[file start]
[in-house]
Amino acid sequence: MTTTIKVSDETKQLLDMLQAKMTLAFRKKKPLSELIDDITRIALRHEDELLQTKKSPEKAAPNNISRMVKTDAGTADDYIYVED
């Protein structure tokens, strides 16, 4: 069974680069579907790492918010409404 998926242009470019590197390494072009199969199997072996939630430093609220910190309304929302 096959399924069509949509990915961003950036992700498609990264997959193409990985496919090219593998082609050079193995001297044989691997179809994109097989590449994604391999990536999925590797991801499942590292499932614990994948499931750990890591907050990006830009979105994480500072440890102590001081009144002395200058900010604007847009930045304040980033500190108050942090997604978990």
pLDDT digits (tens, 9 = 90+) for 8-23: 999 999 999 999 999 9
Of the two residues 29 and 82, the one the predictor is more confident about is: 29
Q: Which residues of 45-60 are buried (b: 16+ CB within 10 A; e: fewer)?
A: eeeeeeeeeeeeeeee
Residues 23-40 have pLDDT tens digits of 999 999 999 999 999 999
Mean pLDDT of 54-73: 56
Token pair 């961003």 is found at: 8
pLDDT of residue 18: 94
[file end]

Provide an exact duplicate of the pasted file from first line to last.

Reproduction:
[in-house]
Amino acid sequence: MTTTIKVSDETKQLLDMLQAKMTLAFRKKKPLSELIDDITRIALRHEDELLQTKKSPEKAAPNNISRMVKTDAGTADDYIYVED
């Protein structure tokens, strides 16, 4: 069974680069579907790492918010409404 998926242009470019590197390494072009199969199997072996939630430093609220910190309304929302 096959399924069509949509990915961003950036992700498609990264997959193409990985496919090219593998082609050079193995001297044989691997179809994109097989590449994604391999990536999925590797991801499942590292499932614990994948499931750990890591907050990006830009979105994480500072440890102590001081009144002395200058900010604007847009930045304040980033500190108050942090997604978990």
pLDDT digits (tens, 9 = 90+) for 8-23: 999 999 999 999 999 9
Of the two residues 29 and 82, the one the predictor is more confident about is: 29
Q: Which residues of 45-60 are buried (b: 16+ CB within 10 A; e: fewer)?
A: eeeeeeeeeeeeeeee
Residues 23-40 have pLDDT tens digits of 999 999 999 999 999 999
Mean pLDDT of 54-73: 56
Token pair 């961003």 is found at: 8
pLDDT of residue 18: 94